Last month, Ernestine Turner, a welfare mother of eight, received notice from her landlord that she had 45 days to put down $3,000 to buy the dilapidated row house she has rented for 10 years near 14th and T Streets NW, or move out.

After a frantic but unsuccessful search for a new place to live, Mrs. Turner - who pays $145 of her $346 monthly welfare allotment for rent - finally collapsed with a nervous breakdown on May 20 and was admitted to the Washington Hospital Center for treatment.

Evictions of poor families like Mrs. Turner's are becoming commonplace in Washington's innercity as speculators, renovators and homeowners in growing numbers are restoring the rundown Victorian houses that line the ghetto streets.

"I've gone everywhere trying to find a place big enough and cheap enough for my family," said Mrs. Turner, 42, who sat on the edge of her hospital bed and spoke in a soft voice. "I've been to the mayor's office, the department of Human Resources and the public housing office. Everybody says there's nothing available for a family my size."

Mrs. Turner thought her housing problems werre solved 10 years ago when she moved from a three-bedroom house in the 1200 block of Linden Place NE to 1339 T St., where she has five bedrooms.

"This house was everything I ever wanted," said Mrs. Turner, whose six daughters and two sons ages 7 to 24 all live with her and helped fix up the house.

In order to stay in a house that she liked, Mrs. Turner said she had to endure a community environment she did not like. "When I first moved in, people used to get drunk and sleep on my porch," she said. On other occasions, Mrs. Turner said, she and her older duaghters have been mistaken for prostitutes, who congregated on the street in large numbers.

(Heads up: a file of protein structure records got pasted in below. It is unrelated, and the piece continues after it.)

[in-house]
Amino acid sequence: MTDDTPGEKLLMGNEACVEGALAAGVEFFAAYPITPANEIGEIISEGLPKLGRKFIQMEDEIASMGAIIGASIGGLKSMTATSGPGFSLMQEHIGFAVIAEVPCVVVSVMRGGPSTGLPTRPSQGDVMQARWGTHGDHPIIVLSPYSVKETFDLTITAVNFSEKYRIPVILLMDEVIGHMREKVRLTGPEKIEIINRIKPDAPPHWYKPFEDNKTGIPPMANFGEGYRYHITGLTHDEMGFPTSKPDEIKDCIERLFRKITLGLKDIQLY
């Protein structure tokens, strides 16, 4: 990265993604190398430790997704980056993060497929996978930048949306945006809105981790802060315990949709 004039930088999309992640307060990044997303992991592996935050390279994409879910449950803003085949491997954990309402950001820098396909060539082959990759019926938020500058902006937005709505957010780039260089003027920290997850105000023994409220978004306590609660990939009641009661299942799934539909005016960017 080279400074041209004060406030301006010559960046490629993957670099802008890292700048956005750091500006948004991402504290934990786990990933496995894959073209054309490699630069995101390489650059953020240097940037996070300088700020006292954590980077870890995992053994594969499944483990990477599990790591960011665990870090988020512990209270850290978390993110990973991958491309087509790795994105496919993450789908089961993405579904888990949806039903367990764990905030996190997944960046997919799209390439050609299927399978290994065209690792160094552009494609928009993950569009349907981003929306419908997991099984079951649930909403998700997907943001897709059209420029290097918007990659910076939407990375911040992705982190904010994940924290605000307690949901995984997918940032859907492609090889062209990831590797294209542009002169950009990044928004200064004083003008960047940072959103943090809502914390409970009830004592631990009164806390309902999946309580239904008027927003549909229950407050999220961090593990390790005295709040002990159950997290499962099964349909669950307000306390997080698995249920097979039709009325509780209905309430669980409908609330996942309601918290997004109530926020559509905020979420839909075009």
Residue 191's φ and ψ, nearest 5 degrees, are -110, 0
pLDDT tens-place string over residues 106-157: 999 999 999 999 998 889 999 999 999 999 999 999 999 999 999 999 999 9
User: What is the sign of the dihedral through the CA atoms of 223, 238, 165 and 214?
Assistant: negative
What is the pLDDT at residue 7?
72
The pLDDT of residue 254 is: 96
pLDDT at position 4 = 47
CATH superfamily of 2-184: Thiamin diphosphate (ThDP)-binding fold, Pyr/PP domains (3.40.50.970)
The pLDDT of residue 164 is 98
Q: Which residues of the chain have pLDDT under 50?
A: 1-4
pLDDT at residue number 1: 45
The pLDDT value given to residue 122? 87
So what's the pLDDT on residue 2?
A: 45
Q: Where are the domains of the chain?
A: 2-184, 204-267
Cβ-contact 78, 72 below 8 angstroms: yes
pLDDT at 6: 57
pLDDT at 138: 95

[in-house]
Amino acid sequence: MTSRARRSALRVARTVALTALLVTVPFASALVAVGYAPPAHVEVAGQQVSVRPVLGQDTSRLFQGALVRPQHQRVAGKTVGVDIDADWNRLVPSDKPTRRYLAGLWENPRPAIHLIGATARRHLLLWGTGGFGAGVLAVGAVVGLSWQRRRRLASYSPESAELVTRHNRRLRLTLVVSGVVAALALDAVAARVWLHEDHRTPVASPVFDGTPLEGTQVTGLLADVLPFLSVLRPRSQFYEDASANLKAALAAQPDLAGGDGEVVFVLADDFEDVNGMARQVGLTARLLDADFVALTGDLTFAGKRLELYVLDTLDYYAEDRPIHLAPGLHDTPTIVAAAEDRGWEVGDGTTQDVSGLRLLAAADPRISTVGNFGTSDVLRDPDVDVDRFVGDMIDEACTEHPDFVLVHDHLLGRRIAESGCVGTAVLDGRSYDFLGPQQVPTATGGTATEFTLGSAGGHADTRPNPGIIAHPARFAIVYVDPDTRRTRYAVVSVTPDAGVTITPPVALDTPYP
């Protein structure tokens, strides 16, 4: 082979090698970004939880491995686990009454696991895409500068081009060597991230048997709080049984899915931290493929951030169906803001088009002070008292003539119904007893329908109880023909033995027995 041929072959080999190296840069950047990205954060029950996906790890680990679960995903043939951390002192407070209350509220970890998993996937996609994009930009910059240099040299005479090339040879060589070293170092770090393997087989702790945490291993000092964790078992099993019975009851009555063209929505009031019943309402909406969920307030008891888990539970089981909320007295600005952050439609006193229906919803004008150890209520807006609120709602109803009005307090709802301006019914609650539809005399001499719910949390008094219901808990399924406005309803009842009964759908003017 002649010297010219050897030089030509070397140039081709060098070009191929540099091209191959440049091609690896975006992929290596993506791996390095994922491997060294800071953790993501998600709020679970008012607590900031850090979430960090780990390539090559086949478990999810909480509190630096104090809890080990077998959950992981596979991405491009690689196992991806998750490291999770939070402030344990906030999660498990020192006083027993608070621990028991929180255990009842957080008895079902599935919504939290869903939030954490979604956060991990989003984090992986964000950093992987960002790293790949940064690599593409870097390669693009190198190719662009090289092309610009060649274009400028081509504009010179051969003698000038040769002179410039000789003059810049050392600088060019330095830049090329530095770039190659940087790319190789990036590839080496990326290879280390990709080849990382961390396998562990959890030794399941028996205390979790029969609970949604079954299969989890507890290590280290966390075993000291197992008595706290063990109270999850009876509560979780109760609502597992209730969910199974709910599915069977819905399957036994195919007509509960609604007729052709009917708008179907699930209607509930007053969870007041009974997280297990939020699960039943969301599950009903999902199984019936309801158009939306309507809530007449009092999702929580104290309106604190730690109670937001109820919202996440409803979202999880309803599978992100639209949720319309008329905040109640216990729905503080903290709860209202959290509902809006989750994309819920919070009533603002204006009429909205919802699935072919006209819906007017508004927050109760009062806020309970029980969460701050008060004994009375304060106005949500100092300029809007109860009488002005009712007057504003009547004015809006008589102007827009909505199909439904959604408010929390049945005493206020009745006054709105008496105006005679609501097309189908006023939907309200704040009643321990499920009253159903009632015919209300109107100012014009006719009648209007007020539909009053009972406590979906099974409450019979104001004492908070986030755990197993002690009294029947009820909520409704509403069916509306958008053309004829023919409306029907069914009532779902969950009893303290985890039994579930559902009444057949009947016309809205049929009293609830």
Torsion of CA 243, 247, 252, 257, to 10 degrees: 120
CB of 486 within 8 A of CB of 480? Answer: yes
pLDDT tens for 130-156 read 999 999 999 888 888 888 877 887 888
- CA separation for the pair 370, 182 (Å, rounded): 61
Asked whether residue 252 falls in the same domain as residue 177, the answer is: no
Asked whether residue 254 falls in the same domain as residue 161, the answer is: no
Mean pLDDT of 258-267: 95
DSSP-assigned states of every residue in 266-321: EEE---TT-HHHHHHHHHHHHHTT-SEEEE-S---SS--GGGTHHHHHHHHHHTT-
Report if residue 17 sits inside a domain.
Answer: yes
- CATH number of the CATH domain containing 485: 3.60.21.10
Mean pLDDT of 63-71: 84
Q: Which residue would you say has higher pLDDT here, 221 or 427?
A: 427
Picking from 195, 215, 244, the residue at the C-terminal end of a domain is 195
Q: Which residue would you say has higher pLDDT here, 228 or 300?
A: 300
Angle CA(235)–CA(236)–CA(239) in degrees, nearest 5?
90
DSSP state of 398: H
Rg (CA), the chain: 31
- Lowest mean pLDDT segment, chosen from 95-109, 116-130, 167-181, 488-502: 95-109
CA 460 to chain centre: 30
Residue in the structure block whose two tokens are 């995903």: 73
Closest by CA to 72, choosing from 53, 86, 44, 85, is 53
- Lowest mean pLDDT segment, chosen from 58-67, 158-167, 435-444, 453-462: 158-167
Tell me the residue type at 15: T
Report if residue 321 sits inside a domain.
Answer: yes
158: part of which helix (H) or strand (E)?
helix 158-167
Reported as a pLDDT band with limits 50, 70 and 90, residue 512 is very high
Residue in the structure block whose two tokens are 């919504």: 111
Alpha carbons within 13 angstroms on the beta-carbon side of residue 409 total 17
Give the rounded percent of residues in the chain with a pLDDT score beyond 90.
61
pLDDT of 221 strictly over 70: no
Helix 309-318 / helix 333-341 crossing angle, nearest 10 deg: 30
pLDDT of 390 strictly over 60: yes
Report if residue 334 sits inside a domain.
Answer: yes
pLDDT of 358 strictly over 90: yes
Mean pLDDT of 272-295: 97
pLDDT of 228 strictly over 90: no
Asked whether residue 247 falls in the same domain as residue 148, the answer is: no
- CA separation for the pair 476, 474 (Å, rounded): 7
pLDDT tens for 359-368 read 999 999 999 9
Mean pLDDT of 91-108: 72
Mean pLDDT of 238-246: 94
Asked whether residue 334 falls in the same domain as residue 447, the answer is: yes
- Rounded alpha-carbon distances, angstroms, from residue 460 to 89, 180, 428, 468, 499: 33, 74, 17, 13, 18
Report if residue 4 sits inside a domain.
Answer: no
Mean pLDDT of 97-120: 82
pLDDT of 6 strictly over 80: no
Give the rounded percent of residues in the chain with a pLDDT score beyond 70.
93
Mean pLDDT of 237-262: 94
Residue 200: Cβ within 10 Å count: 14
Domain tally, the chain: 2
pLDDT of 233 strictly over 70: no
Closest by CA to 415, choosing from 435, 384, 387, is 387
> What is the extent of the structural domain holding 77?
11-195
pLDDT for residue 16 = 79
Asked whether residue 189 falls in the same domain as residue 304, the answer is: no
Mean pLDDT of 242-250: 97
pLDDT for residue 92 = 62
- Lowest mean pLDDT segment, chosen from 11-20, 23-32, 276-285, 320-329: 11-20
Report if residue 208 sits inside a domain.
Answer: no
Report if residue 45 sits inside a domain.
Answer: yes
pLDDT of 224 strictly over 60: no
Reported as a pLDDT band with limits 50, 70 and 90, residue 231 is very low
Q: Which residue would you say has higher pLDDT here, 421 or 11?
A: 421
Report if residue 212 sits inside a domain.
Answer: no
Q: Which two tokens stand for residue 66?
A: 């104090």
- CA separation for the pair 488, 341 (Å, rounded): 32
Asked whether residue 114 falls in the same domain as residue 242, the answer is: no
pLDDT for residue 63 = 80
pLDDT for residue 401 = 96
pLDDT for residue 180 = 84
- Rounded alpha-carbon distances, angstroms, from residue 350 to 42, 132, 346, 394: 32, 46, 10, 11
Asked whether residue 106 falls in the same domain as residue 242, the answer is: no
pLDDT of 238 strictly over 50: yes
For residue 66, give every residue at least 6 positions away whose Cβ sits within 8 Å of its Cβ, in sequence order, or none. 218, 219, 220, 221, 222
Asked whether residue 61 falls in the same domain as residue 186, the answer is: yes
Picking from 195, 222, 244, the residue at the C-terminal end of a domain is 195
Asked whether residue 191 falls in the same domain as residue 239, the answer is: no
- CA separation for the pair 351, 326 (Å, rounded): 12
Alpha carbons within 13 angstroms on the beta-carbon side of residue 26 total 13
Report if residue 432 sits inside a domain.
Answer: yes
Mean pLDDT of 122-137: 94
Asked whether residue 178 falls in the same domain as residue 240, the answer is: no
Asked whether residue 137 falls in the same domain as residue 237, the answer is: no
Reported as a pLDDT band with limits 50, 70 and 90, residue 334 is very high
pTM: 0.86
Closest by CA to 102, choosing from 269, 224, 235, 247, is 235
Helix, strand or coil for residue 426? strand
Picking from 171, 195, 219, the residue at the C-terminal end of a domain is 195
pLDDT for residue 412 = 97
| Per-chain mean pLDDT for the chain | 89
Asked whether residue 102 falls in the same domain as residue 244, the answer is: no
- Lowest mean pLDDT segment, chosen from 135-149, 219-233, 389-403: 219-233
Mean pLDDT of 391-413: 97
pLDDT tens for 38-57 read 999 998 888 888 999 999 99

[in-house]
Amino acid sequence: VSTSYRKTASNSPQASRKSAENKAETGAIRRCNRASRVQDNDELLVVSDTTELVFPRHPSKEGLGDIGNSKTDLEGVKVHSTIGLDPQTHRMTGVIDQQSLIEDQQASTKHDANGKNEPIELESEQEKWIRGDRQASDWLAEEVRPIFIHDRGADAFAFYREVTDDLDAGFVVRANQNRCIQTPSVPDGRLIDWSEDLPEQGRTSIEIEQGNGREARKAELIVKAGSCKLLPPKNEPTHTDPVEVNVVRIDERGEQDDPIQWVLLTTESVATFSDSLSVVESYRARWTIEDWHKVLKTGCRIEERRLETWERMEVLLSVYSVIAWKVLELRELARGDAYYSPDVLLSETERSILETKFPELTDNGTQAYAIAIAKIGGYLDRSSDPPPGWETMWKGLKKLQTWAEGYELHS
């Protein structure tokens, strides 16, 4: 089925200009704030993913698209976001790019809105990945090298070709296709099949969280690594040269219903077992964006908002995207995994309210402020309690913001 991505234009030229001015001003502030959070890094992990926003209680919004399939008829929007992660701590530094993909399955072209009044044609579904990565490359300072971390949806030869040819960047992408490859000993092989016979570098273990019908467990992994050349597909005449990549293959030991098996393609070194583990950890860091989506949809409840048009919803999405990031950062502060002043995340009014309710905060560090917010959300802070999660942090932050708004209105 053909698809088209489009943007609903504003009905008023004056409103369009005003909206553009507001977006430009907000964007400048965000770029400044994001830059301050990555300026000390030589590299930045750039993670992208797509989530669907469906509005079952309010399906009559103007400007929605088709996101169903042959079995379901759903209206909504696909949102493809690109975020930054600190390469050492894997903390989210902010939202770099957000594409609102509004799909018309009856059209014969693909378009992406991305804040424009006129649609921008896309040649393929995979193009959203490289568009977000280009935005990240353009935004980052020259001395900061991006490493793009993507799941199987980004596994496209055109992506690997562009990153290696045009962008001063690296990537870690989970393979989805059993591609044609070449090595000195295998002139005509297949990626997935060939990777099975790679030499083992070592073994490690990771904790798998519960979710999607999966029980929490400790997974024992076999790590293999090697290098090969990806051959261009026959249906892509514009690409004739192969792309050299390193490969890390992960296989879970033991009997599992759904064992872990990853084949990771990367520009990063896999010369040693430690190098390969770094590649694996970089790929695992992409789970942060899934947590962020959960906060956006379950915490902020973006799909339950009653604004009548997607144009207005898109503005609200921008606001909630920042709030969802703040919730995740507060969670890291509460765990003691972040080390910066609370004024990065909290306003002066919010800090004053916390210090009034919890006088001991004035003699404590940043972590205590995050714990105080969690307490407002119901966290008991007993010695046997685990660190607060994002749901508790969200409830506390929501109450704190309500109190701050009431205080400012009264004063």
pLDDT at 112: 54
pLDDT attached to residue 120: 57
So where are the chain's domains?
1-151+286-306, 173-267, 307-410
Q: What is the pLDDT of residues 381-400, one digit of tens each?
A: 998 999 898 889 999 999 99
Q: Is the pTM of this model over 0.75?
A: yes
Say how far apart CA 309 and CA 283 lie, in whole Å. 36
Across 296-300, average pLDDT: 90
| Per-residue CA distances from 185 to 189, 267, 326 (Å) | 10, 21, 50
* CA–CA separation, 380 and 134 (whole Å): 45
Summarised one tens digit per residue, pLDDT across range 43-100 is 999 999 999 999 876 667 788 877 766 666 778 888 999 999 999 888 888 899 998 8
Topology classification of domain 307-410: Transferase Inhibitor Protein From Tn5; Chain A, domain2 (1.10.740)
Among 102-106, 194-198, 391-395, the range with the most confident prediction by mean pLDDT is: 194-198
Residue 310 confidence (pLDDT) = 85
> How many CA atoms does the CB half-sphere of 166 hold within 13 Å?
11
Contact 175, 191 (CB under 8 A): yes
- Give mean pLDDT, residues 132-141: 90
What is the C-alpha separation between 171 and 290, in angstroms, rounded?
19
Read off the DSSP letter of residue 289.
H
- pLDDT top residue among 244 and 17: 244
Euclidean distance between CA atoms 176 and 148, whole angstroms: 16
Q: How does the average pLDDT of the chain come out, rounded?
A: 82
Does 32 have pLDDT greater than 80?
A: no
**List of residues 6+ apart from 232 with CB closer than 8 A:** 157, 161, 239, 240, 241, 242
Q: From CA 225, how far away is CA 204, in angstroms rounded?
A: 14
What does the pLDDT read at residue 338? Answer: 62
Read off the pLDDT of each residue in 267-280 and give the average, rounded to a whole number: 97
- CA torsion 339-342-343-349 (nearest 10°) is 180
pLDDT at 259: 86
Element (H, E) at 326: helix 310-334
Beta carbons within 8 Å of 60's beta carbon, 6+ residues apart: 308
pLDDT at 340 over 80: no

In time Mrs. Turner hoped the neighborhood would change and she could buy the house most of her neighors thought she already owned.

But one morning in early April, Mrs. Turner received a letter from her landlord, Talley R. Holmes Jr., offering her an opportunity to purchase the house or move out in 45 days. Holmes wanted a $3,000 down payment on the $33,000 selling price.

"There was no way I could cought up $3,000 in 45 days," Mrs. Turner said. "If I had that kind of money just lying around, I wouldn't be rent that house in the first place."

Although she is being forced out of her home, Mrs. Turner still feels gratitude of her landlord, who she says has the cheapest rent in the city and could charge more if he wanted to.

"Mr. Holmes is getting rich at the expense of his poor tenants," she said. "He knows it and we know it, but I can understand that Mr. Holmes would want to sell his property and get as much as he can."

"I'm a businessman, not a social worker," said Holmes, 54, who is selling 12 of the 18 houses he owns on T Street between 13th and 14th. "Mrs. Turner can't afford to buy her house and I can't afford to maintain it. I was offered twice what I paid for it. I've got to sell."

Mrs. Turner says that "when Mr. Holmes walks up the street, people standing outside their houses tense up. They smile and make light conversation. They ask about his mother and talk about the house. They are hoping their house won't be the next to be sold."